If you do not enroll in Part D on time, you may owe a late enrollment penalty. This includes if you enroll after your Initial Enrollment Period is over, or if there’s a period of 63 or more days in a row when you don’t have prescription drug coverage. You will be required to pay this penalty for as long as you have Medicare drug coverage.
Medicare calculates the penalty by multiplying 1 percent of the “national base beneficiary premium” times the number of full, uncovered months you didn’t have Part D coverage. In 2023 it is $32.74. Premiums are rounded to the nearest $0.10.
For example, if you go for 12 months without prescription drug coverage, your penalty will be 12 percent (1 percent per month) of $32.74, or $3.9288. Rounding to the nearest $0.10, you will pay an additional $3.90 on your plan’s monthly premium.
When you join a Medicare drug plan, the plan will let you know if you owe a penalty and what your premium will be. As long as you have a drug plan, you will not have to pay the penalty.
How to change a Medicare Part D plan
You can join, switch or drop a Medicare Part C or Part D plan during:
- Your Initial Enrollment Period
- Open Enrollment Period
- Medicare Advantage Open Enrollment Period
Contact your existing plan to learn the steps to take to drop coverage, and contact your new plan to enroll. Be sure to do so during a qualified enrollment period, or you may face a late enrollment penalty or risk not having coverage.
What do Medicare Part D drug plans cover?
A Part D plan covers a variety of prescription drugs that people with Medicare take or may need. Typically, you’ll receive a separate insurance card to be used at in-network pharmacies and medical suppliers for covered drugs and supplies.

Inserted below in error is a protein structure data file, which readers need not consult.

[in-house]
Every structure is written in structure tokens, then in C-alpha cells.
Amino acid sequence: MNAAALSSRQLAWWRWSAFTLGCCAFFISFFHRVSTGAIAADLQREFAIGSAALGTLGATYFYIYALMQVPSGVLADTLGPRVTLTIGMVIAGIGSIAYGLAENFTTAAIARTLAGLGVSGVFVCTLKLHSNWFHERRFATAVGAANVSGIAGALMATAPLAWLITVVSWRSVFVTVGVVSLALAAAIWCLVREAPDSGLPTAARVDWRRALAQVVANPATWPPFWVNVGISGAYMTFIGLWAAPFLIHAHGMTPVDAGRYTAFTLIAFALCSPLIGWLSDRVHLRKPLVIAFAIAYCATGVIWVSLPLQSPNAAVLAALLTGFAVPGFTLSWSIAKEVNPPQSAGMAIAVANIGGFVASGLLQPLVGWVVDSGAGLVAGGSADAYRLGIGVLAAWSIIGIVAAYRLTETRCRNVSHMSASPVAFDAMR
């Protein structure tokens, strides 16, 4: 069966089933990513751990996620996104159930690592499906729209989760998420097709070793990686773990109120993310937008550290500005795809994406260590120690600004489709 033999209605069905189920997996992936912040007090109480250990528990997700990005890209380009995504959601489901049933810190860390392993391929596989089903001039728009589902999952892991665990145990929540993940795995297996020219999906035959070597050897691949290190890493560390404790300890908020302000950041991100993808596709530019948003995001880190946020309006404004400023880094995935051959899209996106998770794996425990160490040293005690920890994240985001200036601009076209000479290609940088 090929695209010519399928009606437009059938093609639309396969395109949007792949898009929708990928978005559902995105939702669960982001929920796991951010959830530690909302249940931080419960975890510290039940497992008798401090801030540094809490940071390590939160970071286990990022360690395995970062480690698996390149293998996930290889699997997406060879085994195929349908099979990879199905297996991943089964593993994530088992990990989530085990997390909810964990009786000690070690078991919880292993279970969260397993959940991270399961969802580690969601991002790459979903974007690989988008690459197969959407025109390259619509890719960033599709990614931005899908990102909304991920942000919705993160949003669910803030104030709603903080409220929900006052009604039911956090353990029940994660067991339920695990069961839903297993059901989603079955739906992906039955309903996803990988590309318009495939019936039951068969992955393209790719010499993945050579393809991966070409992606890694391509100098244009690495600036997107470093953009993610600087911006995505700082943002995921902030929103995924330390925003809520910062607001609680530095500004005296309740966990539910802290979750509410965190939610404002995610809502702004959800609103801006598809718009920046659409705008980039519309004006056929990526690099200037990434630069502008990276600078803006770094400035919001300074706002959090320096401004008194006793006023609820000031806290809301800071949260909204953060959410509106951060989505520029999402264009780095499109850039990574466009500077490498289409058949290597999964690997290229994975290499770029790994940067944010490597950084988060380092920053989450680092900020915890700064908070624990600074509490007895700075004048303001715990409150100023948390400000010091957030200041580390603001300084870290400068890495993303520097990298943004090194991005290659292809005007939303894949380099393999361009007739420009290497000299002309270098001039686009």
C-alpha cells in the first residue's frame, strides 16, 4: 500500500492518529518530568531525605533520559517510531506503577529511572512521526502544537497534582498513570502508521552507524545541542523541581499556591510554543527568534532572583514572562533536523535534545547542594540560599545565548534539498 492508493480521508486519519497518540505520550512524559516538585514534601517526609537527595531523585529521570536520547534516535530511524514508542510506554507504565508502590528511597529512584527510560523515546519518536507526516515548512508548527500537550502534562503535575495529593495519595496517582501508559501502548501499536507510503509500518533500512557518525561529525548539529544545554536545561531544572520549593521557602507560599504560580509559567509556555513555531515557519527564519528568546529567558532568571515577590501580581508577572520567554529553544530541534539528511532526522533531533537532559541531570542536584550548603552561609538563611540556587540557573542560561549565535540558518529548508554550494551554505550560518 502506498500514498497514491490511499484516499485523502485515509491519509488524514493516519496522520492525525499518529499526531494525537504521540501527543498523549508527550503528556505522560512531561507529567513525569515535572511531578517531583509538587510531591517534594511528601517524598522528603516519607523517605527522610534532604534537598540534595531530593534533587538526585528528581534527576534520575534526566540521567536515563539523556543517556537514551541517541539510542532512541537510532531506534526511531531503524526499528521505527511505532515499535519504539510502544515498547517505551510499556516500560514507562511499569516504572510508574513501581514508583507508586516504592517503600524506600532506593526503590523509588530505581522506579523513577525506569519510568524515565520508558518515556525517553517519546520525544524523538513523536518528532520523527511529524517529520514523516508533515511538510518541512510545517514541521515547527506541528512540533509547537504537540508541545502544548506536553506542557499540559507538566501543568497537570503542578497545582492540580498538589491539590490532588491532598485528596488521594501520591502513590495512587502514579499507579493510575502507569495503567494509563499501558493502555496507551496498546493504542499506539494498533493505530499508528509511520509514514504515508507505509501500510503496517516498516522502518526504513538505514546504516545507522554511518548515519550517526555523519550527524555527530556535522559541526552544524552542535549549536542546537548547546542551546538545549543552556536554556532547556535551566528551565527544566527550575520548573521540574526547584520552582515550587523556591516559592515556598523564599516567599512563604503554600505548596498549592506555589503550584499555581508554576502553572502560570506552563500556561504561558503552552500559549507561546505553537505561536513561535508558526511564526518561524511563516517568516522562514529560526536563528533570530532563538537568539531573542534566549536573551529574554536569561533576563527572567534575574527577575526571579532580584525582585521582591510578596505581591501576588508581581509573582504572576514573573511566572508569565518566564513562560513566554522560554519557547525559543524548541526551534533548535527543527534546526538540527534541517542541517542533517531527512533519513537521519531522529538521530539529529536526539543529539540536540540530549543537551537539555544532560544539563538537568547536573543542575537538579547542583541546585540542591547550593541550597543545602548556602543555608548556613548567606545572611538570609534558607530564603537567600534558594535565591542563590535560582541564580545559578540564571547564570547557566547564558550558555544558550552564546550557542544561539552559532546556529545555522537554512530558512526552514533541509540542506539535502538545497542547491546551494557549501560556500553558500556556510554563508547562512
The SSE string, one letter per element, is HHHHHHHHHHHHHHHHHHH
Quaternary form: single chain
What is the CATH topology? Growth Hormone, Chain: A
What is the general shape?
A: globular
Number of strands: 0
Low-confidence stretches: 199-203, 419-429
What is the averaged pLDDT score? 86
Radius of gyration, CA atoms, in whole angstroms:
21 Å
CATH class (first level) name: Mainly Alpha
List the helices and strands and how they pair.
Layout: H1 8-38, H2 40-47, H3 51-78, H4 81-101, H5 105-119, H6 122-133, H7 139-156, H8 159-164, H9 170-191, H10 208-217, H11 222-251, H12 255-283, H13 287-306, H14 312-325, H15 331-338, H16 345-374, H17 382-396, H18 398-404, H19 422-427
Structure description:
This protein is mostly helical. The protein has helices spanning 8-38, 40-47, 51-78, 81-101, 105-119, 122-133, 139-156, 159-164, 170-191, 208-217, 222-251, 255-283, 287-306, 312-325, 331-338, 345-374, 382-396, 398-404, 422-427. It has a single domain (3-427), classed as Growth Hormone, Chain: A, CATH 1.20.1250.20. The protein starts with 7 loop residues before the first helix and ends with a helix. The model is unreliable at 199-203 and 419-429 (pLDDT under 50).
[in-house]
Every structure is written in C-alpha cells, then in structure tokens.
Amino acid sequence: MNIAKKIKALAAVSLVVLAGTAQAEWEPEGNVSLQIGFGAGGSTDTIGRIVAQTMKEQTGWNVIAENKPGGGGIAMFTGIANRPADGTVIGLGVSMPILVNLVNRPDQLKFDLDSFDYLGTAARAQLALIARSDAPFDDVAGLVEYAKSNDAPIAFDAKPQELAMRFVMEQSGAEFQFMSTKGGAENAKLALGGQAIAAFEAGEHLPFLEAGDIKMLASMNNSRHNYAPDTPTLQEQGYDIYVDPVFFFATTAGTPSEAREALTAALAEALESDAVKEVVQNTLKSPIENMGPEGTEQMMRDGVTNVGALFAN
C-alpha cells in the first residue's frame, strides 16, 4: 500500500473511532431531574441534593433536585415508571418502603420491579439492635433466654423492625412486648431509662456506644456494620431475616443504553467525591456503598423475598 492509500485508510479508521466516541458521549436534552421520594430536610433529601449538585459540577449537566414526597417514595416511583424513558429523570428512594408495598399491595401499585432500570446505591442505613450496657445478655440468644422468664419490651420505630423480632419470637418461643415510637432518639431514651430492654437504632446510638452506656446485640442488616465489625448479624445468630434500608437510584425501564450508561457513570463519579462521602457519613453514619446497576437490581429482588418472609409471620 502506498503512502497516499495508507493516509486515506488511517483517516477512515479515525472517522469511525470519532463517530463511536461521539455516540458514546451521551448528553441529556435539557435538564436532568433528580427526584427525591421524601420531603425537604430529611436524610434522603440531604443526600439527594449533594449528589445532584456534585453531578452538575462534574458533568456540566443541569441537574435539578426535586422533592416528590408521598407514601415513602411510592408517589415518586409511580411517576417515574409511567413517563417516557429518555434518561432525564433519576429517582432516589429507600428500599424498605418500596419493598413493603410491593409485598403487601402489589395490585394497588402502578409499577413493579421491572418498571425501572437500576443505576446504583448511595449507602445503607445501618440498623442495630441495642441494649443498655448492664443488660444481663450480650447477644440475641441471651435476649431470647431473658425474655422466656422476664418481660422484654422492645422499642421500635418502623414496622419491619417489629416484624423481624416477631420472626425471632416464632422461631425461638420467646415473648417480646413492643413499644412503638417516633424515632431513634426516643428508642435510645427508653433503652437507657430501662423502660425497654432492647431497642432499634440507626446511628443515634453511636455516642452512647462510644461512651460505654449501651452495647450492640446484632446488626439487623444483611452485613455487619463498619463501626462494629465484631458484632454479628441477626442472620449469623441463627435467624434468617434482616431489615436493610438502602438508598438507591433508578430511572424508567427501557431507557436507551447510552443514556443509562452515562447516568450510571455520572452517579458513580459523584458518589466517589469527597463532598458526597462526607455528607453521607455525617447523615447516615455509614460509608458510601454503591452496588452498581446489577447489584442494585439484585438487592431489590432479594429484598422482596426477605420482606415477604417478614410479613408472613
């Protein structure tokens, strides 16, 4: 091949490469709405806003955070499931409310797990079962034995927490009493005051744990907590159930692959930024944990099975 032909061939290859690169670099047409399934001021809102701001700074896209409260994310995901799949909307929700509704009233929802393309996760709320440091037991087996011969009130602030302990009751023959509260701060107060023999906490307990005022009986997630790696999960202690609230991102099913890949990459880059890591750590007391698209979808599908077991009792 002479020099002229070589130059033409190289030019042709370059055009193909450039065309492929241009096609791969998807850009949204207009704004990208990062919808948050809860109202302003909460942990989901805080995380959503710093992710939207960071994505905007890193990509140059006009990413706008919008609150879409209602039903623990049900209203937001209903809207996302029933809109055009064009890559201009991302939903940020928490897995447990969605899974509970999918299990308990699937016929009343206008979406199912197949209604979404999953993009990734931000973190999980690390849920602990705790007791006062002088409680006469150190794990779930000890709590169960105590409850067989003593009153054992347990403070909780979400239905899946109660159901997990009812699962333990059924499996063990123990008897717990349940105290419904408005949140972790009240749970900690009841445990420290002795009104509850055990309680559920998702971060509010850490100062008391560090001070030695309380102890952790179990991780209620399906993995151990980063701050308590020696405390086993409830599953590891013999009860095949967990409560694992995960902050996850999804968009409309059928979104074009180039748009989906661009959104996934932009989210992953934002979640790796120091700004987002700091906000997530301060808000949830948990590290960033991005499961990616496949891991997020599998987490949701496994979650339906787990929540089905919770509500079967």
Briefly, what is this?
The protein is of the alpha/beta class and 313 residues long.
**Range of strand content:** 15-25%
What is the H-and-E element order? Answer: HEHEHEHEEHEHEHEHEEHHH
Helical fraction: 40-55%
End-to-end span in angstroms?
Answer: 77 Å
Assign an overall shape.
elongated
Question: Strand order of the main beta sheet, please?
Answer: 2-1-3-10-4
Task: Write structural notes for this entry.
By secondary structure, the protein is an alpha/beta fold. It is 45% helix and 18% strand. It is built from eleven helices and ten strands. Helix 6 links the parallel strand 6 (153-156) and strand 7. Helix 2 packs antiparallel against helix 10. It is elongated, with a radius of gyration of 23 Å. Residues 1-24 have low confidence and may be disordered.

Each Part D plan has a formulary, or a list of covered drugs, to help you know whether or not your prescriptions will be covered. The formulary lists both generic and brand-name drugs and coverage. The drugs are listed in commonly prescribed categories and classes, and are updated on a regular basis.
If your specific prescription drugs are not listed, in some cases a similar drug should be available. Talk with your doctor or pharmacist to learn if drugs on the plan’s formulary will work for you.
What are tiers?
Each plan also places drugs into different levels called tiers, and drugs in each tier have different costs. For example, a drug in a lower tier will generally cost you less than a drug in a higher tier. While tiers can be different based on plan, they typically follow the following:
- Tier 1: most generic prescription drugs. This tier typically has the lowest copay.
- Tier 2: preferred, brand-name prescription drugs. This tier has a medium copay.
- Tier 3: non-preferred, brand-name prescription drugs. This tier has a higher copay.
- Tier 4: high-cost prescription drugs.